The book is a vehicle that connects the artist to the intended audience. Unlike a physical exhibition, the book is neither spatially restrictive – the audience does not travel to see a work; nor temporal-based – a book will definitely outlive an exhibition; and by extension, the book’s message remains relevant and contemporary to an engaged reader.

This is why, I am pleasantly surprised to find Ling Nah’s volume of Drawing Out Conversations (8 Slangs) on display in Print Lab. The catalogue and the exhibition it documented shared the same name: Drawing Out Conversation was produced as part of the 2008 Singapore Biennale and featured a diverse representation of Singapore-based artists to explore their concerns with drawing and its relationship with their varied practices.

Two separate sections, a smaller black and a larger white section are bound together using the flexible Japanese stab binding technique. The difference in size immediately draws the reader towards understanding the dichotomy / duality of the subject in question – how to draw out conversations and how conversations are drawn – the former is answered in the larger section, where artists in the group show are interviewed and the contents of their conversations penned down in verbatim. The latter sections, document the work processes and showcase each of the artists’ work. It was a good accompaniment to the 2008 exhibition but yet it still remains contemporary as a standalone volume exploring the duality of word “drawing” in the context of local art practices.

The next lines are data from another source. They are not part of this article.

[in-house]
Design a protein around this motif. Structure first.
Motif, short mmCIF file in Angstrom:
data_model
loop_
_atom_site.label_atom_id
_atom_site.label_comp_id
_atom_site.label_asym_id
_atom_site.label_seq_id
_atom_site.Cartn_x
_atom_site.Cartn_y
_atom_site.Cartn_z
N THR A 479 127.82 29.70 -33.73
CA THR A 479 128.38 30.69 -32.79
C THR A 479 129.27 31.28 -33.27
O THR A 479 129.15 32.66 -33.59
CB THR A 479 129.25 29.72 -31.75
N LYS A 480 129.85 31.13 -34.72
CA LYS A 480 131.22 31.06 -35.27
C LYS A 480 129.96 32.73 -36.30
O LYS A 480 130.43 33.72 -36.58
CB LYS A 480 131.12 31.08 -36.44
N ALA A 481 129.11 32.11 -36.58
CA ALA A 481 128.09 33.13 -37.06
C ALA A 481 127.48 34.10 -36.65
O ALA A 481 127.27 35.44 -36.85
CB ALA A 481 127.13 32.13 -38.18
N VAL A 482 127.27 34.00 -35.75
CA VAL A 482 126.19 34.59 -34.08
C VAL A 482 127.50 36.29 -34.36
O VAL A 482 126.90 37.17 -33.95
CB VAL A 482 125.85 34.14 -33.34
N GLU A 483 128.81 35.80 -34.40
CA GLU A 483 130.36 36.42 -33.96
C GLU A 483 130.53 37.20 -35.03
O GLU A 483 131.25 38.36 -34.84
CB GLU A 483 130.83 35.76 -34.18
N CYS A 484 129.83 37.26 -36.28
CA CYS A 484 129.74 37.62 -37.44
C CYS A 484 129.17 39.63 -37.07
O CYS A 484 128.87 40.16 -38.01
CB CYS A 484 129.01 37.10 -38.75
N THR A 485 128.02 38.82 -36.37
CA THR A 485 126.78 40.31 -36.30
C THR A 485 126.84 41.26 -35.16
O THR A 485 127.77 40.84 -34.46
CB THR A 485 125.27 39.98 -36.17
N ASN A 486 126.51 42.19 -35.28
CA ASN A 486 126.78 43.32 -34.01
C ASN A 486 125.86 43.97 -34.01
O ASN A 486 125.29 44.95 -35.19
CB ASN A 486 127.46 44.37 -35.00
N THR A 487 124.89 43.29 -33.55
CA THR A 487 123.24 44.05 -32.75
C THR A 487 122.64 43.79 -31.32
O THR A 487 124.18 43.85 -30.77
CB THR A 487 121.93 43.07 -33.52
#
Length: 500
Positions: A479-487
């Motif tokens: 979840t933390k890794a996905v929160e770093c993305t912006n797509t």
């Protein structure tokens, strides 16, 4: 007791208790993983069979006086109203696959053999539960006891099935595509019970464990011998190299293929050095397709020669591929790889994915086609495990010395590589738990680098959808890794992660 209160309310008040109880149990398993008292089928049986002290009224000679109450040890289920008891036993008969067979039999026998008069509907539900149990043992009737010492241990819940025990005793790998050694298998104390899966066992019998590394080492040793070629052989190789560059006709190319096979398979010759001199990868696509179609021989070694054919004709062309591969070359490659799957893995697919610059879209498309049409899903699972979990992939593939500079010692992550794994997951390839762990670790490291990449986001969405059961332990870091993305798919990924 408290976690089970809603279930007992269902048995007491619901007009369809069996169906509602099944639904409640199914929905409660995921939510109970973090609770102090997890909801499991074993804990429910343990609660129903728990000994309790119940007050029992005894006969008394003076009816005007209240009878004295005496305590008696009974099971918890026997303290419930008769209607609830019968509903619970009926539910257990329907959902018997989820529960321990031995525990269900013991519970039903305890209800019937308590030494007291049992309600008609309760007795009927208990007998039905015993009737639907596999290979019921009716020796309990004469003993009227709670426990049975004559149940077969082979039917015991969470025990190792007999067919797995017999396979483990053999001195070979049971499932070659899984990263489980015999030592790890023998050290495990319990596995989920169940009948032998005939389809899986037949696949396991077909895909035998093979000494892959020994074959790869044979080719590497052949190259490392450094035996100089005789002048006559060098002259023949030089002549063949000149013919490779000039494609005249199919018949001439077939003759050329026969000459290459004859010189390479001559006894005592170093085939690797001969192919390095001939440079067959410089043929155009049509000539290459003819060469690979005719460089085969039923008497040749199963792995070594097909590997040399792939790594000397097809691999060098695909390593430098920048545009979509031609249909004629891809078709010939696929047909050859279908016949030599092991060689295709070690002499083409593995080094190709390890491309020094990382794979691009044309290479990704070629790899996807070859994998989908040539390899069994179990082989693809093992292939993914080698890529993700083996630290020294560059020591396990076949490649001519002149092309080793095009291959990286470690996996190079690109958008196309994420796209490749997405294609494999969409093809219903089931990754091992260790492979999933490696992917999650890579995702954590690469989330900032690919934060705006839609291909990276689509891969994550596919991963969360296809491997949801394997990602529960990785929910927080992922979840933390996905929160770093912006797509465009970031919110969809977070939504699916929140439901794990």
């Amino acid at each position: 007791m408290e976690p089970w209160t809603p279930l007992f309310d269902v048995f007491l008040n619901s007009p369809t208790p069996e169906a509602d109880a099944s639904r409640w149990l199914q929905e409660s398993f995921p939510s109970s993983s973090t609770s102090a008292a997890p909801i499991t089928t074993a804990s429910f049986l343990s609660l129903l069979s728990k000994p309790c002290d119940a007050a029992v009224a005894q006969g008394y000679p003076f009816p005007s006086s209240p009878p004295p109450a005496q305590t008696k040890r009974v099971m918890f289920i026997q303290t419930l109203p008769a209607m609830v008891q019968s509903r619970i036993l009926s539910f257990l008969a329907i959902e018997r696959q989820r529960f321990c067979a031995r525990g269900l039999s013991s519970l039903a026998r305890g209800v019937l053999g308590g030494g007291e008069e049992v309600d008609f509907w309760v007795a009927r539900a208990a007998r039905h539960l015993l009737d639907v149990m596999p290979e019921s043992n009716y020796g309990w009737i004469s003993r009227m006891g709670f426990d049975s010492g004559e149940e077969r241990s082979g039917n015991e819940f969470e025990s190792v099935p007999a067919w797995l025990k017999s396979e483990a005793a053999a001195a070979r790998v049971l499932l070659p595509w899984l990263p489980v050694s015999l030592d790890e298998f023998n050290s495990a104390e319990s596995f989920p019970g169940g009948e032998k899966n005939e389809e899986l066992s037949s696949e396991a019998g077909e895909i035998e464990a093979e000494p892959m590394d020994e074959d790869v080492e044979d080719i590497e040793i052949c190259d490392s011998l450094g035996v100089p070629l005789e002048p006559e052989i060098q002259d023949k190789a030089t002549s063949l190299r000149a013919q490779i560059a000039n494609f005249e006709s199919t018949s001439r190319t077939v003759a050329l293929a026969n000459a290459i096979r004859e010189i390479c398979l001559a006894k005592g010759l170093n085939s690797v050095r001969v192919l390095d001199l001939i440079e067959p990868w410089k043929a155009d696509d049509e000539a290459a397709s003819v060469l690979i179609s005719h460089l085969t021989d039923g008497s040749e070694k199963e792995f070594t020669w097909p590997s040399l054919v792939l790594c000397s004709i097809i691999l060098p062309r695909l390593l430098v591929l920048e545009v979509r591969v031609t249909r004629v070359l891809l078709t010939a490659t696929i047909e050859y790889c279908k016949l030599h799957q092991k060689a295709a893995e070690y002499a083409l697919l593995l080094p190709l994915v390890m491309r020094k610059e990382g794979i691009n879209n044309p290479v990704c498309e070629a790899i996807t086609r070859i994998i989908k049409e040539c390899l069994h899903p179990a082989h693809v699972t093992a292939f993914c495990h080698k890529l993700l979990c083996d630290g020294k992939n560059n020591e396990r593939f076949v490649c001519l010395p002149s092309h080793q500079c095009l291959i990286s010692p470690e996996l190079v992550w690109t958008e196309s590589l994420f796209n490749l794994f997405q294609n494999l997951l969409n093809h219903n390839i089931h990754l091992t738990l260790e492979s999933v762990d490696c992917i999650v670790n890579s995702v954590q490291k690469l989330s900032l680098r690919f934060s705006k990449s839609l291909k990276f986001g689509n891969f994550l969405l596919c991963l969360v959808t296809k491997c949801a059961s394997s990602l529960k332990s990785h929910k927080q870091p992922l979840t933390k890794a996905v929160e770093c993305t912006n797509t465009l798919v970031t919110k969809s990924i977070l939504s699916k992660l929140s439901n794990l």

The book is the medium

While the design of the previous example was driven by largely by the content in the book, self-published artists’ books (a loose term here, referring to any creative / art practitioner) are often conceptualised with the book design in mind to be representative or at least analogous with the content within.

A friend of mine and a past participant of my bookbinding workshop, Jasmine Cooray produces handmade zines/chapbooks as part of her poetry practice. In her words, she described the production of her recent zine ‘True Colours’ as a means to “fill the gap before any other publication comes through.” Each of the zines is handpainted and hand sewn by the poet and contains ten of her new poems which have not been published.